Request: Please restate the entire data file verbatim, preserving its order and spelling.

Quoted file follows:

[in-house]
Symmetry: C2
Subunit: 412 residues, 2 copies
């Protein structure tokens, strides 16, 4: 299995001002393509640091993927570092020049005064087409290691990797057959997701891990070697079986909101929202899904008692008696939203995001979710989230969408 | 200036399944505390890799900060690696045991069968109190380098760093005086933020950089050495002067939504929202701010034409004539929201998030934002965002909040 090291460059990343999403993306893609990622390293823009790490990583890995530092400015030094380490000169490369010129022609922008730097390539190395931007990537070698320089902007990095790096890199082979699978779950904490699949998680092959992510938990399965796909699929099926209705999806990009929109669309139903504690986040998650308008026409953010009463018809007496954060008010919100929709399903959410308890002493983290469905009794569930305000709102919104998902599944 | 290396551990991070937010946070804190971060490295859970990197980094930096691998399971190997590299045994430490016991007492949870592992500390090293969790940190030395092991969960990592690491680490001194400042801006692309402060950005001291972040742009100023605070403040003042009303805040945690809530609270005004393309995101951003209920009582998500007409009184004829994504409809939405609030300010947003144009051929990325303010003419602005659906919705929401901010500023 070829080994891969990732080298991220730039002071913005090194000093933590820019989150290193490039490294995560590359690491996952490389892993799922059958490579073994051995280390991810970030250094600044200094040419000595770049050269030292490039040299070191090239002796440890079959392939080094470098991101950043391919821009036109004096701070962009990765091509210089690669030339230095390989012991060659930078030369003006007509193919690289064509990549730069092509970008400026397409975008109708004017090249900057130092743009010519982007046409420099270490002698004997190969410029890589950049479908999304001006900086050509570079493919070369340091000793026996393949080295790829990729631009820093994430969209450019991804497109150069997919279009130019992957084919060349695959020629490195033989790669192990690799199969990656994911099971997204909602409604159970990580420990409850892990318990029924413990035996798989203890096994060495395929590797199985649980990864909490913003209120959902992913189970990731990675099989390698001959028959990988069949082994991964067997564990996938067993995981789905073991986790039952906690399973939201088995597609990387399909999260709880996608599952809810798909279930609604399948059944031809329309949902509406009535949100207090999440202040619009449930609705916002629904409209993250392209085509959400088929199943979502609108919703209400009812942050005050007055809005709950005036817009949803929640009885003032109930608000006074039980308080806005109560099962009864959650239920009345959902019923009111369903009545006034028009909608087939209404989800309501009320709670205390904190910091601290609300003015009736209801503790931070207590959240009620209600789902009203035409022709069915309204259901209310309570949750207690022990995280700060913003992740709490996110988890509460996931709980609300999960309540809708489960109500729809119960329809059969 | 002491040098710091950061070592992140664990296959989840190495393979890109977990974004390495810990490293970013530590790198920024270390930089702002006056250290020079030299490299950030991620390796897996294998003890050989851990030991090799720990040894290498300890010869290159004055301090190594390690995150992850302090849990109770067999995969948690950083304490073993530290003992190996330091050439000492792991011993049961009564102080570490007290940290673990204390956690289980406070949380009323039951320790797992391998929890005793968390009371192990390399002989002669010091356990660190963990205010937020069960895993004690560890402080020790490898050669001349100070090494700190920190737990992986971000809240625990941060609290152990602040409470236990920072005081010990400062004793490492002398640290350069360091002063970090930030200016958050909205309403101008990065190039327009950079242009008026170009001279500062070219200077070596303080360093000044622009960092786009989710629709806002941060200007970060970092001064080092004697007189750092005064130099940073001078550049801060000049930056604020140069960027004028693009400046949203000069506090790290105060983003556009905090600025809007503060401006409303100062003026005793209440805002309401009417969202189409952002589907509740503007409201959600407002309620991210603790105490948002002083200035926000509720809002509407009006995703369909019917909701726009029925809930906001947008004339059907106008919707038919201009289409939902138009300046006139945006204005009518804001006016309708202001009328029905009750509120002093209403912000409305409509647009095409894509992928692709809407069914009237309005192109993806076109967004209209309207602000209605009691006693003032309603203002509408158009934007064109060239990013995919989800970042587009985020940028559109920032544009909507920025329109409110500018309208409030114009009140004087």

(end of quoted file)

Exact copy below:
[in-house]
Symmetry: C2
Subunit: 412 residues, 2 copies
């Protein structure tokens, strides 16, 4: 299995001002393509640091993927570092020049005064087409290691990797057959997701891990070697079986909101929202899904008692008696939203995001979710989230969408 | 200036399944505390890799900060690696045991069968109190380098760093005086933020950089050495002067939504929202701010034409004539929201998030934002965002909040 090291460059990343999403993306893609990622390293823009790490990583890995530092400015030094380490000169490369010129022609922008730097390539190395931007990537070698320089902007990095790096890199082979699978779950904490699949998680092959992510938990399965796909699929099926209705999806990009929109669309139903504690986040998650308008026409953010009463018809007496954060008010919100929709399903959410308890002493983290469905009794569930305000709102919104998902599944 | 290396551990991070937010946070804190971060490295859970990197980094930096691998399971190997590299045994430490016991007492949870592992500390090293969790940190030395092991969960990592690491680490001194400042801006692309402060950005001291972040742009100023605070403040003042009303805040945690809530609270005004393309995101951003209920009582998500007409009184004829994504409809939405609030300010947003144009051929990325303010003419602005659906919705929401901010500023 070829080994891969990732080298991220730039002071913005090194000093933590820019989150290193490039490294995560590359690491996952490389892993799922059958490579073994051995280390991810970030250094600044200094040419000595770049050269030292490039040299070191090239002796440890079959392939080094470098991101950043391919821009036109004096701070962009990765091509210089690669030339230095390989012991060659930078030369003006007509193919690289064509990549730069092509970008400026397409975008109708004017090249900057130092743009010519982007046409420099270490002698004997190969410029890589950049479908999304001006900086050509570079493919070369340091000793026996393949080295790829990729631009820093994430969209450019991804497109150069997919279009130019992957084919060349695959020629490195033989790669192990690799199969990656994911099971997204909602409604159970990580420990409850892990318990029924413990035996798989203890096994060495395929590797199985649980990864909490913003209120959902992913189970990731990675099989390698001959028959990988069949082994991964067997564990996938067993995981789905073991986790039952906690399973939201088995597609990387399909999260709880996608599952809810798909279930609604399948059944031809329309949902509406009535949100207090999440202040619009449930609705916002629904409209993250392209085509959400088929199943979502609108919703209400009812942050005050007055809005709950005036817009949803929640009885003032109930608000006074039980308080806005109560099962009864959650239920009345959902019923009111369903009545006034028009909608087939209404989800309501009320709670205390904190910091601290609300003015009736209801503790931070207590959240009620209600789902009203035409022709069915309204259901209310309570949750207690022990995280700060913003992740709490996110988890509460996931709980609300999960309540809708489960109500729809119960329809059969 | 002491040098710091950061070592992140664990296959989840190495393979890109977990974004390495810990490293970013530590790198920024270390930089702002006056250290020079030299490299950030991620390796897996294998003890050989851990030991090799720990040894290498300890010869290159004055301090190594390690995150992850302090849990109770067999995969948690950083304490073993530290003992190996330091050439000492792991011993049961009564102080570490007290940290673990204390956690289980406070949380009323039951320790797992391998929890005793968390009371192990390399002989002669010091356990660190963990205010937020069960895993004690560890402080020790490898050669001349100070090494700190920190737990992986971000809240625990941060609290152990602040409470236990920072005081010990400062004793490492002398640290350069360091002063970090930030200016958050909205309403101008990065190039327009950079242009008026170009001279500062070219200077070596303080360093000044622009960092786009989710629709806002941060200007970060970092001064080092004697007189750092005064130099940073001078550049801060000049930056604020140069960027004028693009400046949203000069506090790290105060983003556009905090600025809007503060401006409303100062003026005793209440805002309401009417969202189409952002589907509740503007409201959600407002309620991210603790105490948002002083200035926000509720809002509407009006995703369909019917909701726009029925809930906001947008004339059907106008919707038919201009289409939902138009300046006139945006204005009518804001006016309708202001009328029905009750509120002093209403912000409305409509647009095409894509992928692709809407069914009237309005192109993806076109967004209209309207602000209605009691006693003032309603203002509408158009934007064109060239990013995919989800970042587009985020940028559109920032544009909507920025329109409110500018309208409030114009009140004087």